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Table 3: Distribution of patients of OSF with their age with functional and histopathological staging

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Table 4: Correlation between functional and histopathological staging in patients of OSF

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 > Discussion Top


OSF, a crippling disease of the oral mucosa, evokes the interest of dental professionals in different parts of the world. It is a premalignant condition, which is seen in Indians and Southeast Asians, with overall prevalence rate in India to be about 0.2–0.5%. The peculiarity of the disease is that it is confined to a particular geographic region. This has led to the concept that dietary or cultural habits prevalent in this regions act as the etiological factors. Several studies, case reports, and reviews have explained the etiopathogenesis, clinical, and histopathological features.

A literature survey shows wide variation in age and sex distribution of OSF. Few epidemiological surveys in India have shown a male predominance. However, female predominance in the occurrence of this entity had also been shown in few studies. A study conducted in India by Sinor et al., Hazarey et al.,[6] Kiran Kumar et al.,[4] Ranganathan et al.[7] Ahmad et al.,[8] Pandya et al.,[9] Sharma et al.,[10] have shown a male predominance which is comparable to our study, but, in our study, all the patients were male (100%), which was not consistent with any of the above-mentioned studies. Male were affected in our study could be due to easy accessibility for males to use areca nut and its products more frequently than females in our society, whereas females being more conscious about their esthetic, health, and moral values, and moreover, the study was conducted in a rural area. Hence, the lifestyle is different than the urban areas.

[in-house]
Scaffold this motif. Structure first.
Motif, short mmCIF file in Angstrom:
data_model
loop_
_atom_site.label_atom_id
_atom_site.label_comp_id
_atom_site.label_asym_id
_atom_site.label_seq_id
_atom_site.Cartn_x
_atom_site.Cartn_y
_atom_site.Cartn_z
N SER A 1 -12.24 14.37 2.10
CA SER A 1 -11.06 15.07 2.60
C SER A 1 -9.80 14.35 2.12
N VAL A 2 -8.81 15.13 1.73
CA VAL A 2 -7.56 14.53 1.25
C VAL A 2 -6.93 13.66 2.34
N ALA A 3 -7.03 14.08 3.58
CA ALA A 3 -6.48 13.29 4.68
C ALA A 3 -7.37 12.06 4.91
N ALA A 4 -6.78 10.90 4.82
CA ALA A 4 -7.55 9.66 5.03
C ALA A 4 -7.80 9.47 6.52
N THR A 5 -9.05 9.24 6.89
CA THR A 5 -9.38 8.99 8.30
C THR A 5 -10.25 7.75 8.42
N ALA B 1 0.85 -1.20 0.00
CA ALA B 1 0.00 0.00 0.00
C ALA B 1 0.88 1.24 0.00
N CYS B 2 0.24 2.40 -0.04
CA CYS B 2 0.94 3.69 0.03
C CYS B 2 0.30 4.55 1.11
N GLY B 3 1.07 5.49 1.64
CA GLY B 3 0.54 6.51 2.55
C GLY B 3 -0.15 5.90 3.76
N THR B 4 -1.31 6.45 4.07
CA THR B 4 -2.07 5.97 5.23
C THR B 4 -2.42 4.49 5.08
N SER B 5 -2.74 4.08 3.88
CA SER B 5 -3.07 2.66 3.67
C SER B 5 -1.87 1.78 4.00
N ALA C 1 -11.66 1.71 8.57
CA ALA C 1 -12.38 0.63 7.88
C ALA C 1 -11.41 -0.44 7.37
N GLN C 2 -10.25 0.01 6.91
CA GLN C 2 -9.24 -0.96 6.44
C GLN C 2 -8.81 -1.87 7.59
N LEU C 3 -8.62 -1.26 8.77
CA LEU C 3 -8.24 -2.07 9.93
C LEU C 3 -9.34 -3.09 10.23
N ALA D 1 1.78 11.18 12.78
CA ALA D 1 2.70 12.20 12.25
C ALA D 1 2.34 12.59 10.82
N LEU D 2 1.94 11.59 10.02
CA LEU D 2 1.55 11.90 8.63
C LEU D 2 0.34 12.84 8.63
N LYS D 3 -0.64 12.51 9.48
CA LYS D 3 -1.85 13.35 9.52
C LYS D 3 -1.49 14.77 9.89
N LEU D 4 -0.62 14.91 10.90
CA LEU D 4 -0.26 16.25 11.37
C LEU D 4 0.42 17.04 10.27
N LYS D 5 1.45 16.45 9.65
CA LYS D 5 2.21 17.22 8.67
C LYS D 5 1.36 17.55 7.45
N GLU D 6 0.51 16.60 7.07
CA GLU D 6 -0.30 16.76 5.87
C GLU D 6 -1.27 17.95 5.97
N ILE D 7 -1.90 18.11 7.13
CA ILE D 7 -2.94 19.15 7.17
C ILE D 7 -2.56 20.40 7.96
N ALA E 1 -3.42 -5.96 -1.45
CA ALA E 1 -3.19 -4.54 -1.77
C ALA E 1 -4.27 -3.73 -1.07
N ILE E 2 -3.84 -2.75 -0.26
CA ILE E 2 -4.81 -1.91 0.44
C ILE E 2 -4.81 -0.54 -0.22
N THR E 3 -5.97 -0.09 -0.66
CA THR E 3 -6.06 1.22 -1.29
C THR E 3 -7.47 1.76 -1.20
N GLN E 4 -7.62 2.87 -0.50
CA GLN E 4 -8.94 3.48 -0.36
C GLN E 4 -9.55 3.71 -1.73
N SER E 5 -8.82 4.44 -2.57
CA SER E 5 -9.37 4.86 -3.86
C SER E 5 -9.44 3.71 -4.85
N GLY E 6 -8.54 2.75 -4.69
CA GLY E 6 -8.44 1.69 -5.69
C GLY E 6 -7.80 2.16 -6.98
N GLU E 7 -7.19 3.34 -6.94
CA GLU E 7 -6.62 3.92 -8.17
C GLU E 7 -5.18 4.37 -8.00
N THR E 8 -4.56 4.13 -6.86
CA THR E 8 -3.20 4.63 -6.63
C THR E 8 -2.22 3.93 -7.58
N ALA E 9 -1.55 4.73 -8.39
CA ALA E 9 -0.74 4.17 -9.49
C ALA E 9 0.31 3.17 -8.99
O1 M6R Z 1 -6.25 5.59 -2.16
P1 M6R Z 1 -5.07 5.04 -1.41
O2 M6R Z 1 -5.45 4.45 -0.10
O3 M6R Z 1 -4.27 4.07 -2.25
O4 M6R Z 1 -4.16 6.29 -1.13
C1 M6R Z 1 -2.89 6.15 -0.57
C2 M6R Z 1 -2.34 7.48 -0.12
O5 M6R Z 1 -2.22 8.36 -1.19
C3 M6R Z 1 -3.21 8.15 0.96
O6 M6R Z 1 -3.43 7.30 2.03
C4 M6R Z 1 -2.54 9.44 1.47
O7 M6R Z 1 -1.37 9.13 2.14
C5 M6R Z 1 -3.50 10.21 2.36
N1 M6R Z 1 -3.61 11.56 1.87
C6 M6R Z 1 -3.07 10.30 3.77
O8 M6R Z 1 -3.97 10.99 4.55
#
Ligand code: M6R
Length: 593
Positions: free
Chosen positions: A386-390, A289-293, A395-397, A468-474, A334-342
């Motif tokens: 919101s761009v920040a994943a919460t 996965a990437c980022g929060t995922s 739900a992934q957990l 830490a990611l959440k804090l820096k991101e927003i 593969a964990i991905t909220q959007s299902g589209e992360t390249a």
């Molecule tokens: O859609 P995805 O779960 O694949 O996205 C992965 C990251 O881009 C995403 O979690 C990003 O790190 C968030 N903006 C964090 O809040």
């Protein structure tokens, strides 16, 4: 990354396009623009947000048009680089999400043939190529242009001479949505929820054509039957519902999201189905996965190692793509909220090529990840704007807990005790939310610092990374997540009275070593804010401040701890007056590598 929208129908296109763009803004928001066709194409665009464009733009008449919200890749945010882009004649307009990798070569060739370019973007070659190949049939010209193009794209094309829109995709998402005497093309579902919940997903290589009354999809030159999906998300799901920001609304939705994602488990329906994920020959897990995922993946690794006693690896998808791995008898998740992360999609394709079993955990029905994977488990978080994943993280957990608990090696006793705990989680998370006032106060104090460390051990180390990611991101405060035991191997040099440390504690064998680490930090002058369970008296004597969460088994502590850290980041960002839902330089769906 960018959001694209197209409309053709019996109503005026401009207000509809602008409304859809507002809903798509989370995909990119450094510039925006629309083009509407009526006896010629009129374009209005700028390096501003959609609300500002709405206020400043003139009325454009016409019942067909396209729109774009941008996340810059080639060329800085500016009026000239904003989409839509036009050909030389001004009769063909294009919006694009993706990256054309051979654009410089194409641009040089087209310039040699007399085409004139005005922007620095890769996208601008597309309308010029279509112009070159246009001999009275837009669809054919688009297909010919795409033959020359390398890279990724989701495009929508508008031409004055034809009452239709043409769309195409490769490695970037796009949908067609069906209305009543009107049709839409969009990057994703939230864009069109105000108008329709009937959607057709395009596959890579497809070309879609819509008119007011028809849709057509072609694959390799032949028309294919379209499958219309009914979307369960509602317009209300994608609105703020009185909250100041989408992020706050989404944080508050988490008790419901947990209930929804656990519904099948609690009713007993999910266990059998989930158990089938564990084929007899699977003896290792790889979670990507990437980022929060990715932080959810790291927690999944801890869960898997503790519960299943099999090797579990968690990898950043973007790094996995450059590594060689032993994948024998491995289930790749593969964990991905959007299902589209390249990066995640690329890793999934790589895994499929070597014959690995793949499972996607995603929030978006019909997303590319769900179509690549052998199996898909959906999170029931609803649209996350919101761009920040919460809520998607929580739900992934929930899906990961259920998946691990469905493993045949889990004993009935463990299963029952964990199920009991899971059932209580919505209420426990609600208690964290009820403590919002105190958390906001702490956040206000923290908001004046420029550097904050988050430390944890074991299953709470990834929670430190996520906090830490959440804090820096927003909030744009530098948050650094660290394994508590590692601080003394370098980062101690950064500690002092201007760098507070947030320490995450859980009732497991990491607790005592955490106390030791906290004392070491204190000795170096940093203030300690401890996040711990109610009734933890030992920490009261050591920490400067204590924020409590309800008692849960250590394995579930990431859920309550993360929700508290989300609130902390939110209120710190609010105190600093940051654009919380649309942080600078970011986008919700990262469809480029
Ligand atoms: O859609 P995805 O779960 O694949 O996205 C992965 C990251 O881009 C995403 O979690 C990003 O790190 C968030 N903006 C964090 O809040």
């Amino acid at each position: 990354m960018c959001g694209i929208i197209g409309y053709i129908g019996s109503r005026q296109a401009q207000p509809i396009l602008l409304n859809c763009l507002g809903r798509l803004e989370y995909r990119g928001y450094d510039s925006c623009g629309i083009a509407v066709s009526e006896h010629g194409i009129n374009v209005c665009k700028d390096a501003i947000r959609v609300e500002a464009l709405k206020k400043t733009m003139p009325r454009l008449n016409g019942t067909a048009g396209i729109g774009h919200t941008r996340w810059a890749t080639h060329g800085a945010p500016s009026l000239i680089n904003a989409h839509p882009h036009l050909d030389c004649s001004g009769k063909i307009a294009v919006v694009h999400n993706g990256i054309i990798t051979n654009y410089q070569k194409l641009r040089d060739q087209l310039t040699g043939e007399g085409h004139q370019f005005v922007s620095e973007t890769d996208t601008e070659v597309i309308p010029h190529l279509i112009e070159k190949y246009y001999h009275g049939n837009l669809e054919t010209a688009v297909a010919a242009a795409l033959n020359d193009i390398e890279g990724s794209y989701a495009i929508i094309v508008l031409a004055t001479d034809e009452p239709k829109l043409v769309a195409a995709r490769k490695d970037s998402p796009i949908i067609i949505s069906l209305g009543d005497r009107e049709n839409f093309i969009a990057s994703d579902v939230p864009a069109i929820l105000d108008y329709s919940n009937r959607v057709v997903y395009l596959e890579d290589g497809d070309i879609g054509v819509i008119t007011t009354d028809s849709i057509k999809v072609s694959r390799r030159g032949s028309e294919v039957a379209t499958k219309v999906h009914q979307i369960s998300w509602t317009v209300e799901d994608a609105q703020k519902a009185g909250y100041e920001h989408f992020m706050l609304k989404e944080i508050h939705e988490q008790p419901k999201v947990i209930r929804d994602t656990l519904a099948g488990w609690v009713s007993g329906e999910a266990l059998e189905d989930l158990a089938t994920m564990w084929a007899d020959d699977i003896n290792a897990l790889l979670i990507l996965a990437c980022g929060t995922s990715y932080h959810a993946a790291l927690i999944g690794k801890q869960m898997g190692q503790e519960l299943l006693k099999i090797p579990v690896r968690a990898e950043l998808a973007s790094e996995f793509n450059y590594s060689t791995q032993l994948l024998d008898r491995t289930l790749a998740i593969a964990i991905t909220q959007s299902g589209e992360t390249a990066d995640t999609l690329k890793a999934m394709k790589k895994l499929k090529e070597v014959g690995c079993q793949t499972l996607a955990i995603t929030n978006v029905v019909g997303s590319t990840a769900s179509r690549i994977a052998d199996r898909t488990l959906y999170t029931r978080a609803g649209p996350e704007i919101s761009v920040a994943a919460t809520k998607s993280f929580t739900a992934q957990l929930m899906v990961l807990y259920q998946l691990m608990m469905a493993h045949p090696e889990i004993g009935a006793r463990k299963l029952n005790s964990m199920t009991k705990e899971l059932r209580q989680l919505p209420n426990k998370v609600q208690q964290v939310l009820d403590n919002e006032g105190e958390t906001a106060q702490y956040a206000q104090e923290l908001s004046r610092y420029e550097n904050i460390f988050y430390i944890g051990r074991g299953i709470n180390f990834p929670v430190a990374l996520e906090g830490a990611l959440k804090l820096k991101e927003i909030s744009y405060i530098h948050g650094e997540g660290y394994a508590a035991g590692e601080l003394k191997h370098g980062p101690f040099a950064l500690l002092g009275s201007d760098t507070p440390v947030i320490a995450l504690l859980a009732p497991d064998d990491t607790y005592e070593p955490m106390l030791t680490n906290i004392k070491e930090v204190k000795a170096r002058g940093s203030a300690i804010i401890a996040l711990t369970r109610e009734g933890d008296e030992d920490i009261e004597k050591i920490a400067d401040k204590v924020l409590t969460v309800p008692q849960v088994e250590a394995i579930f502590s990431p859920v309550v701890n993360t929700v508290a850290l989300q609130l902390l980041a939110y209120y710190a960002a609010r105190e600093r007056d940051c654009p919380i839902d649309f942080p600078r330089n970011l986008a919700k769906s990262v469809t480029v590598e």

In this study, the 50 patients were in the age range of 18–70 years, with a peak incidence in 21–30 years (68%) followed by 31–40 years (18%) and mean age being 30.1 ± 9.87 years. Hence, it can be concluded that the occurrence of OSF is seen most commonly in younger age group (21–30 years) followed by 31–40 years [Table 1]. The youngest patient was 18-year-old, and the eldest was 66-year-old. The observation of our study of peak incidence in 21–30 years, coincided with the study by Kiran Kumar et al.,[4] Pandya et al.,[9] Hazarey et al.,[6] Shivakumar and Sahana,[1] Goel et al.,[11] Angadi and Rekha.[12] The observation of our study was different from that of Pindborg and Sirsat, who reported the maximum number of OSF cases were in the age group of 40–49 years in their study. This changing trend of the disease presently indicates the involvement of more number of younger age group and this could be because of increased social encounters and economic liberty they get at this age in a rapidly developing nation like India. Therefore, during this age, they indulge in various chewing habits such as betel nut, gutka, paan masala, smoking, alcohol, etc., either to relieve stress, as a fashion or due to peer pressure.